Too much caution?
Roy Hodgson himself admitted that his England team circulated the ball too slowly in the first half against Denmark and it was worrying to imagine what insipid fare might lie ahead in the heat of Brazil if this was the offering on a crisp March evening at Wembley. With players unwilling to go past a defender and midfielders reluctant to make runs beyond the forwards, most of the passes lacked penetration as England eschewed genuine positive intent in favour of safety-first possession play.
Of course, ball retention has been a problem for this team for as long as anyone cares to remember so 57 per cent possession deserves more than a cursory dismissal. Here was a concerted effort to keep the ball from their opponent. The frustration was that with five Liverpool players in the line-up - for the first time since 1977 - supporters might have expected the sort of combination play that results from an understanding forged at club level.
Instead England played in fits and starts with individuals impressing rather more than the collective. Liverpool supporters might point to the rigidity of approach shown by Hodgson, their former manager, in contrast to the fluidity of movement encouraged by current boss Brendan Rodgers. Whatever the reason, England hit the four-and-a-half-hour mark without a goal before Daniel Sturridge finally opened the scoring late on. It seems there is plenty of pattern of play work required before these players are able to recreate the freedom of movement seen in their Premier League performances.
But Sturridge gets his goal
Given the struggles for rhythm, it was something of a relief that Sturridge was able to provide the game's denouement with the winning goal. The Reds striker was asked to fill a slightly different role with the national team and he appeared a little uncomfortable when tracking back with Lars Jacobsen in the early stages. But his headed effort highlighted the fact that Sturridge retains that knack of getting into good positions.
Indeed, Sturridge could have found himself on the scoresheet in the first half after showing clever movement from a corner only to see Kasper Schmeichel smother well at close range. Sturridge's scoring record at club level speaks for itself - this was goal number 20 so far this season - so it is pleasing that he had his reward in the end. Perhaps it will encourage Hodgson to provide the Premier League's top scoring Englishman with opportunities through the middle as he continues to seek the right balance from his forward players.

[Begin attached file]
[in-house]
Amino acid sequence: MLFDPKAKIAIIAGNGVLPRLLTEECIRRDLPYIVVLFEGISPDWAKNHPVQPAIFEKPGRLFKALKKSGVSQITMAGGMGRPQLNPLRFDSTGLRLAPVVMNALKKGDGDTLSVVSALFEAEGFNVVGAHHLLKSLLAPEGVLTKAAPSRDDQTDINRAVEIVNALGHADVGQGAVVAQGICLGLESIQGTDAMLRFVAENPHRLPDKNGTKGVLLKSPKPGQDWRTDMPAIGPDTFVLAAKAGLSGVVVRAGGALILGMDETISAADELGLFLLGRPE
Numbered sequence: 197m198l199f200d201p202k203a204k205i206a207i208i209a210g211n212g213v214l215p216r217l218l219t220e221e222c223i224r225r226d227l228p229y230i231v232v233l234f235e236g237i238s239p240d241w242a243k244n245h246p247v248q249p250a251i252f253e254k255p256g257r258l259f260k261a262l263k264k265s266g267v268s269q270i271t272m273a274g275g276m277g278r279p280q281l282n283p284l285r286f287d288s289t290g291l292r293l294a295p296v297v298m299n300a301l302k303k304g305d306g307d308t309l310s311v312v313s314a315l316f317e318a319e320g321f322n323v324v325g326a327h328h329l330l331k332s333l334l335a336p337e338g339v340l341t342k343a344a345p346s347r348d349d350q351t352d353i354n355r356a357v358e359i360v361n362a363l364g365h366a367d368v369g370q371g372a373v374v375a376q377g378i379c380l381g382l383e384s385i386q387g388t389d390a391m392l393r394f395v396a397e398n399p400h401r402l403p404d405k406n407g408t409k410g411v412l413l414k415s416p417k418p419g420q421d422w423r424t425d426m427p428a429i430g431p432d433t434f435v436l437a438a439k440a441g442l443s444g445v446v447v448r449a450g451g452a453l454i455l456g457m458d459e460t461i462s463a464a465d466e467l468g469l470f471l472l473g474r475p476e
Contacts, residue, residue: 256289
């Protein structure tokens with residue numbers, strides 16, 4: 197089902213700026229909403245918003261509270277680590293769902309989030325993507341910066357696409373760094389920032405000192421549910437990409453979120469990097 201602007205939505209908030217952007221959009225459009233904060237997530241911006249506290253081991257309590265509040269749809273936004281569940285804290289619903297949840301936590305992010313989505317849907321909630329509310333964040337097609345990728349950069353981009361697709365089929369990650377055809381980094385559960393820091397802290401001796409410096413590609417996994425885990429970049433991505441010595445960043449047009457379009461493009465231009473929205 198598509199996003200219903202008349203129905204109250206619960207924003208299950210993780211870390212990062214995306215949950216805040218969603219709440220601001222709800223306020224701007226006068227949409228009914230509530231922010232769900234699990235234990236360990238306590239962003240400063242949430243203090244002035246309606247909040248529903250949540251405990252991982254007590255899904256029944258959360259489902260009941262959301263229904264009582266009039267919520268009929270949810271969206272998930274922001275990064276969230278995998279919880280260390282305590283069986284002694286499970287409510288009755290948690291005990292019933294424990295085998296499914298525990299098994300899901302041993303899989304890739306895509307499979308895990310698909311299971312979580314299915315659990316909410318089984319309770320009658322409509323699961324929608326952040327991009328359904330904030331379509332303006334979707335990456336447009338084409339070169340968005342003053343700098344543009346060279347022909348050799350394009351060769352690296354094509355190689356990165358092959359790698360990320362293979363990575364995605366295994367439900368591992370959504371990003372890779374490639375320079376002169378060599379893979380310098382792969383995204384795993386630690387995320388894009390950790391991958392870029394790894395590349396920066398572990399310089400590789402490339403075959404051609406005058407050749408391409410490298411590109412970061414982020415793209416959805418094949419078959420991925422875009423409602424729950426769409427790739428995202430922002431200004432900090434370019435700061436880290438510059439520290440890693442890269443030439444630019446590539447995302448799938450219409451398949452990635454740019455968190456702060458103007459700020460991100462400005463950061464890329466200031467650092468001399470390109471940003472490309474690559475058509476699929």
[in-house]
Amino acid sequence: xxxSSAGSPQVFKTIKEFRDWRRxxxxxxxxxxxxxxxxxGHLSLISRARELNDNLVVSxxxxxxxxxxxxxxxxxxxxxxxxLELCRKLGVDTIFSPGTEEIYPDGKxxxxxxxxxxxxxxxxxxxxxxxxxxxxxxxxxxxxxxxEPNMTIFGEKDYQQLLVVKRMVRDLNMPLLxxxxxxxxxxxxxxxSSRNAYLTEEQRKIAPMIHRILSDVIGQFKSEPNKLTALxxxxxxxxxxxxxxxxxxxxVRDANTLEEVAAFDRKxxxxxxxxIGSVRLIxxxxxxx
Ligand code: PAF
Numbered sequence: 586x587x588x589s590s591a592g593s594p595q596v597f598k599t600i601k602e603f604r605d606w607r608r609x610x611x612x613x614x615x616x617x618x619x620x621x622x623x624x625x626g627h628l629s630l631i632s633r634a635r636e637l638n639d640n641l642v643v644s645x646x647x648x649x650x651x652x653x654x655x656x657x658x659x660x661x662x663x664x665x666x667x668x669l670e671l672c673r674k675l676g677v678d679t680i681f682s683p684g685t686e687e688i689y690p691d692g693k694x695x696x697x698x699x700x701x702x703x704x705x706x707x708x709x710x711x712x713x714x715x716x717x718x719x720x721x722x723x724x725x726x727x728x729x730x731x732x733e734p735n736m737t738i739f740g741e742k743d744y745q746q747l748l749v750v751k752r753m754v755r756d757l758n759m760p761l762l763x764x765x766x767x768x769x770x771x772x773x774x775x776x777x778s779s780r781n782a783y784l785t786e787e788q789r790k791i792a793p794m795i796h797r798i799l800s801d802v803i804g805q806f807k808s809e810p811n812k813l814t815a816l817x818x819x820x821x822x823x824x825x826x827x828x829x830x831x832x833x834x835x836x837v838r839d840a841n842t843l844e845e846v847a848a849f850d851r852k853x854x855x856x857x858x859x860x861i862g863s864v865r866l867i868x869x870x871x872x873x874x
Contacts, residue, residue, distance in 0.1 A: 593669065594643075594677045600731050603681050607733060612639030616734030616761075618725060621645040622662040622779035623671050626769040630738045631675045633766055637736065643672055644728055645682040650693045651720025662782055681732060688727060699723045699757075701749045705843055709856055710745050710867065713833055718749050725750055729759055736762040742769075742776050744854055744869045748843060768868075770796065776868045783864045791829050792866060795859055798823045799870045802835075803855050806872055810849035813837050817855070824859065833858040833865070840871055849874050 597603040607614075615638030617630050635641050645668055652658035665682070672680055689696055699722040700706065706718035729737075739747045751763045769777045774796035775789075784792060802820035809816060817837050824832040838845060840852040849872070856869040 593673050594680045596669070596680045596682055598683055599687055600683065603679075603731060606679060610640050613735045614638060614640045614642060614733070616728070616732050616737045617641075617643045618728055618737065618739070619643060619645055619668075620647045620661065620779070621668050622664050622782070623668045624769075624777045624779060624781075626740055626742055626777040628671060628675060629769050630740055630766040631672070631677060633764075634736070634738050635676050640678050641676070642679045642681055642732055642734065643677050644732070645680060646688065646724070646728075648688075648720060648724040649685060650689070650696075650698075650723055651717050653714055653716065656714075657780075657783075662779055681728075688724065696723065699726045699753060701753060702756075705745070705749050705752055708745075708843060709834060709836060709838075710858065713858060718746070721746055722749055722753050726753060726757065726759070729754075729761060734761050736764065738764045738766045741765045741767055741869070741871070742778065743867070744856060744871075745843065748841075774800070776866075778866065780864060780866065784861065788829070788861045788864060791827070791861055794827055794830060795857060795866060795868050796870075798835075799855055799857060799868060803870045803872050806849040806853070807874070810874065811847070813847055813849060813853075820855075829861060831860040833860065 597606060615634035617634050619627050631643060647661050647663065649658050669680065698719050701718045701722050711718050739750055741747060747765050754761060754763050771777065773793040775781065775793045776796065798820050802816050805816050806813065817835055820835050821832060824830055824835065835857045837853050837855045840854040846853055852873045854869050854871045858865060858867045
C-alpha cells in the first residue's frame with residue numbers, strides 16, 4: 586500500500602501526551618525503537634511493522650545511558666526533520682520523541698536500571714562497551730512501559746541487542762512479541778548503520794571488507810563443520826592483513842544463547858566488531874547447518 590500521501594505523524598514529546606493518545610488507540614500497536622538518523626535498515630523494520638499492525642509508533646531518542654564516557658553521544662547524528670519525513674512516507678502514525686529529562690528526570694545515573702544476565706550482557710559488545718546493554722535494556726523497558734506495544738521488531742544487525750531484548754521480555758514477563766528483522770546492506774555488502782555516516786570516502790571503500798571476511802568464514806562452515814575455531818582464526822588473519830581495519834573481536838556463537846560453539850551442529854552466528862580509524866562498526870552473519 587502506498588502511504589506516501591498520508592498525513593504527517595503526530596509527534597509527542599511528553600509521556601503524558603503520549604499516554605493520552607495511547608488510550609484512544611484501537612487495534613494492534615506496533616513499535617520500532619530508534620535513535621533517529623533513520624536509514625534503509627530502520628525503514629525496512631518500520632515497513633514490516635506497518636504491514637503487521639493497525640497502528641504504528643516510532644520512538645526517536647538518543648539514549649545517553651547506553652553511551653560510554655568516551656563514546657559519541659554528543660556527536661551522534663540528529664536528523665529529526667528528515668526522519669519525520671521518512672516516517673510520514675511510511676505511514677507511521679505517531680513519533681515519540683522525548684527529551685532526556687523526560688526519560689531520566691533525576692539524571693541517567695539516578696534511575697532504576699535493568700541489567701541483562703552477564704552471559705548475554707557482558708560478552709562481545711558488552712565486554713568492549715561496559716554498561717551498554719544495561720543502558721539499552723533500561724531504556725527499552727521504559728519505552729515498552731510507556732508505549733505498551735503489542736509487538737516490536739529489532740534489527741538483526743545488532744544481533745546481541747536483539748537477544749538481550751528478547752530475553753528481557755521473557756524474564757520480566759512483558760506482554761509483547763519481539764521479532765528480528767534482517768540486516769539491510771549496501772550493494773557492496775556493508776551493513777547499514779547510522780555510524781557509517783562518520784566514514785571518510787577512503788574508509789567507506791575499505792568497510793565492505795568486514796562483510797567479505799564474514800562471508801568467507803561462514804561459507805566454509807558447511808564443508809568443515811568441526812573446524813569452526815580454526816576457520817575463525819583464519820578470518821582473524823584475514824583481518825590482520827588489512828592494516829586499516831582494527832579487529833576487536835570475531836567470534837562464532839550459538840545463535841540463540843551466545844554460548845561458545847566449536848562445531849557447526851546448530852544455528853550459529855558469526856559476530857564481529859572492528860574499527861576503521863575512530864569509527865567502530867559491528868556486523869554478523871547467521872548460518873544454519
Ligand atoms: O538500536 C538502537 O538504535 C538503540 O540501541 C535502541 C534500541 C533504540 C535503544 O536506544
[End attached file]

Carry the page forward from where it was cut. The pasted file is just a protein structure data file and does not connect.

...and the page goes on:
Flexibility needed from Rooney?
In his post-match interview, Rooney discussed this role alongside Sturridge and Raheem Sterling and claimed the aim was to "interchange positions" in those forward berths. However, Rooney will need to ape the efforts of Luis Suarez rather more successfully if the trio are to work effectively together. The United man missed the target with all five of his shots and failed to directly create a chance for a team-mate in his hour-long outing. There is a growing case for Rooney to be the player shifted out to the left if Hodgson is to continue with this experiment.
And Sterling shows promise
If anything, Sturridge and Rooney were both outshone by Sterling. The teenager was bright and busy with his movement and caused problems with his impressive use of the ball - creating four chances, more than anyone on either side. The threaded pass to Wilshere was a rare moment of ambition in the first half, while he could have scored himself if he'd been able to force home Ashley Cole's cross on the brink of half-time. If Sterling maintains his club form for the remainder of the season, Hodgson should have little to fear in calling on the youngster again.